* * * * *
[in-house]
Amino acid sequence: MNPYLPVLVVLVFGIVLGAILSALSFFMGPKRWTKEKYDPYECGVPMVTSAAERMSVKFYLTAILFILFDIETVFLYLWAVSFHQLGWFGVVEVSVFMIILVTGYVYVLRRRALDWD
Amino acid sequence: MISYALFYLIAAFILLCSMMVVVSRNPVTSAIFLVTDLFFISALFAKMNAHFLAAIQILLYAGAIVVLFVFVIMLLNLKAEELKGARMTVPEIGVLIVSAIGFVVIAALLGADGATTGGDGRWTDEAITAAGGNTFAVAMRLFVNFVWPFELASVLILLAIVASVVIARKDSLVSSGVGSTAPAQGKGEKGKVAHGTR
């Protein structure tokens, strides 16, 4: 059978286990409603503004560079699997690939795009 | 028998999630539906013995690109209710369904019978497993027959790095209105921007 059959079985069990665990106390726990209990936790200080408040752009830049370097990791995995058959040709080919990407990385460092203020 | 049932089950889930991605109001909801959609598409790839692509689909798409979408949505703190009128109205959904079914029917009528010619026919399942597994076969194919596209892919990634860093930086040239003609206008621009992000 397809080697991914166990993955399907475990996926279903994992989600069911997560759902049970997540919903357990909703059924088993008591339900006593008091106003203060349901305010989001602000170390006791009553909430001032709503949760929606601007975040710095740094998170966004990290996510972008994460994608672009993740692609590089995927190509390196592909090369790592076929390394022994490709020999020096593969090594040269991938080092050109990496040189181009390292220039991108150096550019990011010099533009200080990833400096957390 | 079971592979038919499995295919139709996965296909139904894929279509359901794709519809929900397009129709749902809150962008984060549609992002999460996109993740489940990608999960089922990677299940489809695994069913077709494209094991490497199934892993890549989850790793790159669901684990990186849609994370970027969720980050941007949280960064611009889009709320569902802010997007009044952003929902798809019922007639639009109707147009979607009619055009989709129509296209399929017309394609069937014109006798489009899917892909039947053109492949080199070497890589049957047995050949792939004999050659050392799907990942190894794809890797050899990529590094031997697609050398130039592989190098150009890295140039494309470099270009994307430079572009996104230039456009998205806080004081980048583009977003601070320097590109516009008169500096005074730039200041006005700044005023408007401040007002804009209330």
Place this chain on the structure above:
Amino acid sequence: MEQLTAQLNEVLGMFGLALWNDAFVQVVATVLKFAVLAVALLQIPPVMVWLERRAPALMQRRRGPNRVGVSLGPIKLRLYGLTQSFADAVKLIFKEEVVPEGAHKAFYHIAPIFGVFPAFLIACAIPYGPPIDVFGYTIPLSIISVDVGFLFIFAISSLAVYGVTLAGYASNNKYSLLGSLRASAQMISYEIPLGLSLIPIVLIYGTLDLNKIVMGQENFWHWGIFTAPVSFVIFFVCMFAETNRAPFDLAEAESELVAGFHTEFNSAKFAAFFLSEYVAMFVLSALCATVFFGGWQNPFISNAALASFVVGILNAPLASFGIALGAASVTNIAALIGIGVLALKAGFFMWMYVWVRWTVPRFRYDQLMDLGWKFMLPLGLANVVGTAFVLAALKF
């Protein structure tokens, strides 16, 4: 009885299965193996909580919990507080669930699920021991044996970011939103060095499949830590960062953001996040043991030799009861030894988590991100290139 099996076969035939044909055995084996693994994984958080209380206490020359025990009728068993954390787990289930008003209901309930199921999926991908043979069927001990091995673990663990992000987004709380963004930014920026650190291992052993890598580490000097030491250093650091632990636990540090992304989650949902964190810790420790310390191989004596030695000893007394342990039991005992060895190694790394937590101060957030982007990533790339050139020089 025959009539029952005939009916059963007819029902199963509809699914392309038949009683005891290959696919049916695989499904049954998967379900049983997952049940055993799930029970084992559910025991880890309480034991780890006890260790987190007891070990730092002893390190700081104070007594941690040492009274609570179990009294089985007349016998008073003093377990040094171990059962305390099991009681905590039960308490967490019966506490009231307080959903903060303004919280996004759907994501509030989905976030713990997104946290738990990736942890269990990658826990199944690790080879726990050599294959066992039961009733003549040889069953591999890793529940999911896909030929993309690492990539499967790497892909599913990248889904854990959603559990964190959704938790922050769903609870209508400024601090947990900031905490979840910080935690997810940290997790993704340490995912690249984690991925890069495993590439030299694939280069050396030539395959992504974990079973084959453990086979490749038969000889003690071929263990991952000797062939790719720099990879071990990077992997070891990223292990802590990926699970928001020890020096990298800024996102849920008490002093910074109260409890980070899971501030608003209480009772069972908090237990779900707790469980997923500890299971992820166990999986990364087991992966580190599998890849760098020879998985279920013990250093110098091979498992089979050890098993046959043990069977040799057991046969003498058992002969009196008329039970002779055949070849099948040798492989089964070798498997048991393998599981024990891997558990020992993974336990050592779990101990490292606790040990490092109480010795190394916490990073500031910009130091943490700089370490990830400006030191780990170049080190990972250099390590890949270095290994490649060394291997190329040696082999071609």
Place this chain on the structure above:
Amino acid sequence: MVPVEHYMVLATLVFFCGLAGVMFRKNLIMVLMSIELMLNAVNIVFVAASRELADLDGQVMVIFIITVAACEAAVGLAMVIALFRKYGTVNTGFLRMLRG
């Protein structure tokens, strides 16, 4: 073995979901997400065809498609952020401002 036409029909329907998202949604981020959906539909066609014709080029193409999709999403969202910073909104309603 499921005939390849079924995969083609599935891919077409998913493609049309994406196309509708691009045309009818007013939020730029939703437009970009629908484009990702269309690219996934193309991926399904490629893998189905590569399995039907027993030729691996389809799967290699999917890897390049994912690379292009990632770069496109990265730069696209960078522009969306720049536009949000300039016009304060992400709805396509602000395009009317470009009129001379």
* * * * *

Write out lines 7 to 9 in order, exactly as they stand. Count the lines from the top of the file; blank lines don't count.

């Protein structure tokens, strides 16, 4: 009885299965193996909580919990507080669930699920021991044996970011939103060095499949830590960062953001996040043991030799009861030894988590991100290139 099996076969035939044909055995084996693994994984958080209380206490020359025990009728068993954390787990289930008003209901309930199921999926991908043979069927001990091995673990663990992000987004709380963004930014920026650190291992052993890598580490000097030491250093650091632990636990540090992304989650949902964190810790420790310390191989004596030695000893007394342990039991005992060895190694790394937590101060957030982007990533790339050139020089 025959009539029952005939009916059963007819029902199963509809699914392309038949009683005891290959696919049916695989499904049954998967379900049983997952049940055993799930029970084992559910025991880890309480034991780890006890260790987190007891070990730092002893390190700081104070007594941690040492009274609570179990009294089985007349016998008073003093377990040094171990059962305390099991009681905590039960308490967490019966506490009231307080959903903060303004919280996004759907994501509030989905976030713990997104946290738990990736942890269990990658826990199944690790080879726990050599294959066992039961009733003549040889069953591999890793529940999911896909030929993309690492990539499967790497892909599913990248889904854990959603559990964190959704938790922050769903609870209508400024601090947990900031905490979840910080935690997810940290997790993704340490995912690249984690991925890069495993590439030299694939280069050396030539395959992504974990079973084959453990086979490749038969000889003690071929263990991952000797062939790719720099990879071990990077992997070891990223292990802590990926699970928001020890020096990298800024996102849920008490002093910074109260409890980070899971501030608003209480009772069972908090237990779900707790469980997923500890299971992820166990999986990364087991992966580190599998890849760098020879998985279920013990250093110098091979498992089979050890098993046959043990069977040799057991046969003498058992002969009196008329039970002779055949070849099948040798492989089964070798498997048991393998599981024990891997558990020992993974336990050592779990101990490292606790040990490092109480010795190394916490990073500031910009130091943490700089370490990830400006030191780990170049080190990972250099390590890949270095290994490649060394291997190329040696082999071609």
Place this chain on the structure above:
Amino acid sequence: MVPVEHYMVLATLVFFCGLAGVMFRKNLIMVLMSIELMLNAVNIVFVAASRELADLDGQVMVIFIITVAACEAAVGLAMVIALFRKYGTVNTGFLRMLRG